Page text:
EDITOR NOTE: Three weeks ago Wall St On Parade reported that Treasury Secretary Steven Mnuchin failed to turn over to the Fed most of the $454 billion that was earmarked for the CARES Act emergency loans program. Publicly, Mnuchin made it look as if the Fed was sitting on all that cash. According to a recent investigation by the nonpartisan Congressional research Service, it turns out that the (WSOP) accusations ring true. The question is, what was he doing with that money that apparently went nowhere? And now that Mnuchin has clawed back those funds, killing the emergency loan programs in the process, might this be a way for the outgoing administration to “kneecap” the Biden team’s economic performance, as Democrats have charged
On November 27, Wall Street On Parade reported that U.S. Treasury Secretary Steve Mnuchin had failed to turn over to the Federal Reserve 75 percent of the $454 billion that Congress had earmarked in the CARES Act for the Fed’s emergency lending programs. We wrote at the time:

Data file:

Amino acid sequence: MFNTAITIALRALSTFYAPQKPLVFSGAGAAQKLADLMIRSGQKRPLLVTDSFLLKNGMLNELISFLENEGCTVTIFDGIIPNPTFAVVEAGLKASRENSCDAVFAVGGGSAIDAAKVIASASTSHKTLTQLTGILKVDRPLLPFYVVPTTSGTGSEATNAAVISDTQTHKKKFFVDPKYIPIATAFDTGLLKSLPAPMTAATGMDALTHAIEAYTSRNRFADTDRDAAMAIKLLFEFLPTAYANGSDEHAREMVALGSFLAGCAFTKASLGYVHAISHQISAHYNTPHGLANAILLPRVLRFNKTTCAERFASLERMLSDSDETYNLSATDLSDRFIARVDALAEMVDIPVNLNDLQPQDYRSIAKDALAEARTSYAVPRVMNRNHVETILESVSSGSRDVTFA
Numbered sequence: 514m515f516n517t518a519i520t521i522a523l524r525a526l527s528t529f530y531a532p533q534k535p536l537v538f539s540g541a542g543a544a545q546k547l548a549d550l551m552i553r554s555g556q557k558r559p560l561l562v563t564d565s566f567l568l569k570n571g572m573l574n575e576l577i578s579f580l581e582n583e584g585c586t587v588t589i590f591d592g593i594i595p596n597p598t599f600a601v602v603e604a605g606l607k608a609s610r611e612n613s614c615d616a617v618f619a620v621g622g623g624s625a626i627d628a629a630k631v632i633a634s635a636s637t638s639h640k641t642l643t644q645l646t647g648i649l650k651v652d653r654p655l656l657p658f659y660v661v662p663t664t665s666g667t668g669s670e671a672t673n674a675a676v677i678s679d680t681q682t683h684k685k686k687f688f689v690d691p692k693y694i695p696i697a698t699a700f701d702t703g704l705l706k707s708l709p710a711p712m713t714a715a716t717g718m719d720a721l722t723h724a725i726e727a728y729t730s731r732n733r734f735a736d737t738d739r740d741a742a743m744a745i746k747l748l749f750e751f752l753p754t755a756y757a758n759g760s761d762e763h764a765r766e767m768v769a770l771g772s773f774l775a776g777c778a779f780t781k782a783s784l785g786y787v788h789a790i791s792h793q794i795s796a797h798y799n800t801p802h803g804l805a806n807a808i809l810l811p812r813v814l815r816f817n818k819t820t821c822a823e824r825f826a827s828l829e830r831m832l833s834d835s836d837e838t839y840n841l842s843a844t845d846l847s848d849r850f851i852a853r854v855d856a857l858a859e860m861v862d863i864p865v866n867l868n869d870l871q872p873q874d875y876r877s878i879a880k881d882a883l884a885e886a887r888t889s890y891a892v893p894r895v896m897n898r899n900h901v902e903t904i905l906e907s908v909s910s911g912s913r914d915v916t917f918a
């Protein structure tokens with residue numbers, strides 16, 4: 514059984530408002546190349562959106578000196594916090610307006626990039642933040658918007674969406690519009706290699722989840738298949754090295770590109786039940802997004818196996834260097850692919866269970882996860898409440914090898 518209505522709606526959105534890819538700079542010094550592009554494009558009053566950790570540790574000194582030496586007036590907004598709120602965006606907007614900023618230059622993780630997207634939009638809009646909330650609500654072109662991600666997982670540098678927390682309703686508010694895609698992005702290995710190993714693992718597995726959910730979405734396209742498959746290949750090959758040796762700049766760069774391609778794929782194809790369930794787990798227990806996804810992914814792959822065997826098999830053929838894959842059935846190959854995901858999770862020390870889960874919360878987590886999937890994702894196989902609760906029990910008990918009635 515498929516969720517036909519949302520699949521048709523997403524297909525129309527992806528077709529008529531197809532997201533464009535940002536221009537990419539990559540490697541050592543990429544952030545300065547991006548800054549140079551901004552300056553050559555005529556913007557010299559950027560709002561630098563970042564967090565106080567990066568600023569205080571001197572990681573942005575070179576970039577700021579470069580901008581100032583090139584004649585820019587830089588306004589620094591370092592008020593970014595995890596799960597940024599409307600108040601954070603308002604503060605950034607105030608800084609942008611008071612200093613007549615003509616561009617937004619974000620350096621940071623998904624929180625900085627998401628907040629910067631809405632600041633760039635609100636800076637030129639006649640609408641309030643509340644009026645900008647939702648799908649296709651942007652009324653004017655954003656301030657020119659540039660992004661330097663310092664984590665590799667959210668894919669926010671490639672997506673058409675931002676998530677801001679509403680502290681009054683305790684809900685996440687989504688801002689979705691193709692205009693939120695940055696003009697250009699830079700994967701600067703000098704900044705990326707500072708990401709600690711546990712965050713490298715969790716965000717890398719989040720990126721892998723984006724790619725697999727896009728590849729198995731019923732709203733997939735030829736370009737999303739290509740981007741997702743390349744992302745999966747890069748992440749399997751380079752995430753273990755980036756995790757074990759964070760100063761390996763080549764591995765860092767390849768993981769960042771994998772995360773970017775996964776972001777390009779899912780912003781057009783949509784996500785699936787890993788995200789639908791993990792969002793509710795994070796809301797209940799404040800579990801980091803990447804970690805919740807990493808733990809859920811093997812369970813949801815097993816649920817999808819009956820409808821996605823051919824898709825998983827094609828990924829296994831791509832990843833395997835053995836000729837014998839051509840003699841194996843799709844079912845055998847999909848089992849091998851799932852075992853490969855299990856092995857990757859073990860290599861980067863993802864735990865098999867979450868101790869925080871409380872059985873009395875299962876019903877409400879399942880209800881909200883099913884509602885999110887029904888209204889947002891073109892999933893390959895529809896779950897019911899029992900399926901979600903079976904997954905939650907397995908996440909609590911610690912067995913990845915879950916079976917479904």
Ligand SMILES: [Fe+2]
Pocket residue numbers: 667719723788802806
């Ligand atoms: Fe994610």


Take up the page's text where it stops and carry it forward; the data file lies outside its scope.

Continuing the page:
“…for months now, the Federal Reserve’s weekly financial statements known as the H.4.1 have indicated that all the Fed received from Treasury for its emergency lending facilities was $114 billion, leaving $340 billion unaccounted for.”
We also took the time to send an email to the Federal Reserve’s press office to confirm that the Fed had received only the $114 billion from the Treasury for its emergency lending programs. They directed us to Fed public documents confirming this.
Now the Congressional Research Service (CRS), a century old nonpartisan agency that provides legal analysis to Congress, has confirmed what Wall Street On Parade reported more than three weeks ago. In a December 17 letter to the House Select Subcommittee on the Coronavirus Crisis, the CRS wrote the following:
“Section 4003(b)(4) of the Coronavirus Aid, Relief, and Economic Security (CARES) Act authorizes the Treasury Secretary to invest up to $454 billion in emergency-lending programs established by the Federal Reserve (the Fed). To date, the Treasury Secretary has committed $195 billion to such programs, and appears to have transferred $114 billion of that amount as of December 9, 2020.”